A maybe not so surprising though still quite disappointing fact from UNESCO (United Nations Educational, Scientific and Cultural Organization): though women make up roughly 40% of athletes, they get only a small percentage of media coverage—4%. This broad refusal to acknowledge the power of women in sports has all kinds of consequences, from less recognition and fewer fans to subsequently more limited opportunities. Women in sports are considered to be outside of its realm—they are frequently described as “female athletes” while men just get to simply be “athletes,” no qualifier necessary.
I think often of this exchange between tennis player Roger Federer and Wall Street Journal journalist Jason Gay. In conversation, Federer told Gay that fellow tennis player Serena Williams is the greatest of all time—full stop. But Gay needed clarification:
Gay: "I have to ask: Did Federer, considered by some to be the tennis GOAT (Greatest Of All Time), just suggest Serena was the GOAT? Did he mean GOAT on the women's side—or overall?”
Here’s another disappointing fact from UNESCO: only 12% of sports news is presented by women. Can you imagine a woman asking Federer the question posed to him by Jason Gay? This imbalance especially hurts women in sports and the young girls and women who look up to them, those who are looking for an example to follow and an inclination of the kind of life they, too, might lead. It’s why the work of those who are increasing air time for women in sports, ultimately expanding their opportunities, is vital—it provides essential visibility both for these athletes and those who grow up looking to them for inspiration. We need more representation for women in sports, and a big part of it comes down to who is telling the story.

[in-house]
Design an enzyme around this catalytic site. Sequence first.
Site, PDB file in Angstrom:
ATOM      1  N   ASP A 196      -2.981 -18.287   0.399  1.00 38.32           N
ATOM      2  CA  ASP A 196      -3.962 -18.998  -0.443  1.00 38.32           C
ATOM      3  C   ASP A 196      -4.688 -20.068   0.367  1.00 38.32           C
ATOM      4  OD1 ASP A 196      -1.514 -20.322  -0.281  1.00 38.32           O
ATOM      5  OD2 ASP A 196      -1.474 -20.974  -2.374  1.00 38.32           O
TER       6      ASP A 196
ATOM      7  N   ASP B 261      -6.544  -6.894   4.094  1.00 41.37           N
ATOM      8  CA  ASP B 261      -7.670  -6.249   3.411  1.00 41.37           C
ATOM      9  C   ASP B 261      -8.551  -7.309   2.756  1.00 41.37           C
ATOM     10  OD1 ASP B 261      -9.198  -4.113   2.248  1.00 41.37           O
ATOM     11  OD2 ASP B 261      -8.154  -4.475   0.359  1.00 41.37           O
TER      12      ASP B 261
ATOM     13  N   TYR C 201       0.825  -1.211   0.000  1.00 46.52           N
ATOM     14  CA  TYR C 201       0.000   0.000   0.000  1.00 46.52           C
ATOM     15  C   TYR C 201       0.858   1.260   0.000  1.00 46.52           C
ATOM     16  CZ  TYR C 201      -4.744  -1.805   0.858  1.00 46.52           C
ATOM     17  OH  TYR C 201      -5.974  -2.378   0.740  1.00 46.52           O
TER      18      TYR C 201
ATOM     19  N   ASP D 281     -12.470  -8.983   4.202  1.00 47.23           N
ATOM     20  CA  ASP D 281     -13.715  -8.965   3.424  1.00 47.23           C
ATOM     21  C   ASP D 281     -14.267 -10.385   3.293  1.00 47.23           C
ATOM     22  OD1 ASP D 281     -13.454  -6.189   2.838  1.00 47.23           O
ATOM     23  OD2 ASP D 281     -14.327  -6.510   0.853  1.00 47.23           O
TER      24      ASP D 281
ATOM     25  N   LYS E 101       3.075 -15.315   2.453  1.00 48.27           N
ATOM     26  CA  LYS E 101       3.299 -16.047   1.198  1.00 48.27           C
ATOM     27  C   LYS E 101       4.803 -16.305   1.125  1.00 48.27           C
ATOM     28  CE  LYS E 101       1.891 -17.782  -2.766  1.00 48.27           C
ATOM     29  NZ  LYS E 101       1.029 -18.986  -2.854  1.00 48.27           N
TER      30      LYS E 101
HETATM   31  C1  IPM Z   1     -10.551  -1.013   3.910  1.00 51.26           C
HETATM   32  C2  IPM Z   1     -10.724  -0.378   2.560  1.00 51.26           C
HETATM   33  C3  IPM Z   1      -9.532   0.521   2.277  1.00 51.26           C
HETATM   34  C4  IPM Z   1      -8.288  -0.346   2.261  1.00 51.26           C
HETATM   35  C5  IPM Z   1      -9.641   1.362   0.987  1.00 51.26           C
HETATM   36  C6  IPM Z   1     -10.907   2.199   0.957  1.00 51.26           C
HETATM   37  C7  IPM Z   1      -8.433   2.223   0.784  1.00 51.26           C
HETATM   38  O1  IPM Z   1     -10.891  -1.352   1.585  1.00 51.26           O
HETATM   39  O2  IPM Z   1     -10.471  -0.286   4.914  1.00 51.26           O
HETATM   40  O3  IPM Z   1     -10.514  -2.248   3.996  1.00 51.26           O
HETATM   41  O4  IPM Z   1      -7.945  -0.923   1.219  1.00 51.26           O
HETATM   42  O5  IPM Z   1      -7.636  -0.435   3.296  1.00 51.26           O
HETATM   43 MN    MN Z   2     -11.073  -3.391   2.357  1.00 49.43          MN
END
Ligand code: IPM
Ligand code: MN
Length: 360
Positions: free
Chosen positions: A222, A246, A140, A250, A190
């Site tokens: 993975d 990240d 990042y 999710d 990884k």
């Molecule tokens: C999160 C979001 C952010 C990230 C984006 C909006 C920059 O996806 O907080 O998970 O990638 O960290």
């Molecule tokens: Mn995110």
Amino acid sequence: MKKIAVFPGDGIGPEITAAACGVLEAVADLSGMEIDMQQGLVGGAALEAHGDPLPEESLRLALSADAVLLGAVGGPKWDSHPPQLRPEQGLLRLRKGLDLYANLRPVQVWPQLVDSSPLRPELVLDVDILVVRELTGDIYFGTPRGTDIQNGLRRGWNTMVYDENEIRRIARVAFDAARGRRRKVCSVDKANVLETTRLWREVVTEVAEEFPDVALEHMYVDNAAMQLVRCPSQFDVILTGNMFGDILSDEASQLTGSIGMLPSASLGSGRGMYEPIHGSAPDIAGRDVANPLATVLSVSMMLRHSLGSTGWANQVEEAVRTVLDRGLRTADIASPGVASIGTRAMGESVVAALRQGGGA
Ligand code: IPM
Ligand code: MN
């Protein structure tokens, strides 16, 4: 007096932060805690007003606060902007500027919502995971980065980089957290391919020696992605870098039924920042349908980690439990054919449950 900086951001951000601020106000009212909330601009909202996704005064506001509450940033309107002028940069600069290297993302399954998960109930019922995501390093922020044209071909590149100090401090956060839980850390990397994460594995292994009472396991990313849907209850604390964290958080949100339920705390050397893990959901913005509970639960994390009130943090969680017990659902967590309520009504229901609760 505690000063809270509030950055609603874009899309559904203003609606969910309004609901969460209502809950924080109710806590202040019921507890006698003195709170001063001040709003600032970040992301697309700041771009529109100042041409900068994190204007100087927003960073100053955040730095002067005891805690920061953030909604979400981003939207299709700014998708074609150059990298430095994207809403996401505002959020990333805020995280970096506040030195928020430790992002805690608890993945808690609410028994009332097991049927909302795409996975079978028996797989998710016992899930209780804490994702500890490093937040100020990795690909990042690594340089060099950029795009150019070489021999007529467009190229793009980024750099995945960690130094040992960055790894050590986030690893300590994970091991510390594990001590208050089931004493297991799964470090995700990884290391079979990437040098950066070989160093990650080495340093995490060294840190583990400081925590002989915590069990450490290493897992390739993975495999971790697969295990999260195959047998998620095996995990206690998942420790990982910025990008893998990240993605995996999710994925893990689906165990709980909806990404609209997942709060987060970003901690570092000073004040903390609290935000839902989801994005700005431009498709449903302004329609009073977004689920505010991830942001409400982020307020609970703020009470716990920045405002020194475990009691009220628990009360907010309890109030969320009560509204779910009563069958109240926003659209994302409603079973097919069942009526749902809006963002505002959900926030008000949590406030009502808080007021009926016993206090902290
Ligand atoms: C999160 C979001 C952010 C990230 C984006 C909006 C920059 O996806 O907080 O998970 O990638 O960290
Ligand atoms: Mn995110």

Like Ysaora Thibus.
Thibus is a French Olympic fencer and the founder of EssentiElle Stories, an Instagram account that provides a platform for women in sports from around the world to speak of their experiences. It also gives its audience a look at surprising facts and stats, historical details—and progress. For instance, intel from an Instagram post on July 18—just days before the Tokyo Olympics began:
“In 1922, the “Women’s World Games” debuted as a platform for women to prove to the International Olympic Committee that they should be able to compete in more than just a few events. This year, women will be able to compete in events previously only open to men, as well as alongside men in new sports, such as surfing and karate,” the caption reads.
“I started EssentiElle Stories because I was fed up,” Thibus told me. “The media were talking about the same thing... about all these same men’s stories in sports media. There are so many stories about female athletes by now and they need to be told.”
“I started it with my friends that are Olympic champions or World champions,” continued Thibus, “Also, when a woman wins, it’s always the same questions! and there's so much more to say. We don't talk about the specificities of what it means to be a woman in sports, how it is difficult, or maybe what challenges they have and how they overcame it, you know? And I think it's important to see that and to inspire the next generation.”
Thibus speaks and reports from experience as an athlete who was told she was “too sensitive,” to make it, too emotional, or maddeningly, “that a man could do it but I couldn’t.” But she was able to capture those doubts and turn them into motivation.
She has medaled at ten World Cup competitions, four Grand Prix, and six World Championships—wouldn’t you say those medals speak for themselves?
Listen to Ysaora Thibus—who competed at the 2020 Tokyo Olympics (happening in 2021 due to Covid delays)—speak on what needs to change for women in sports in the latest episode of To The People podcast, available wherever you listen.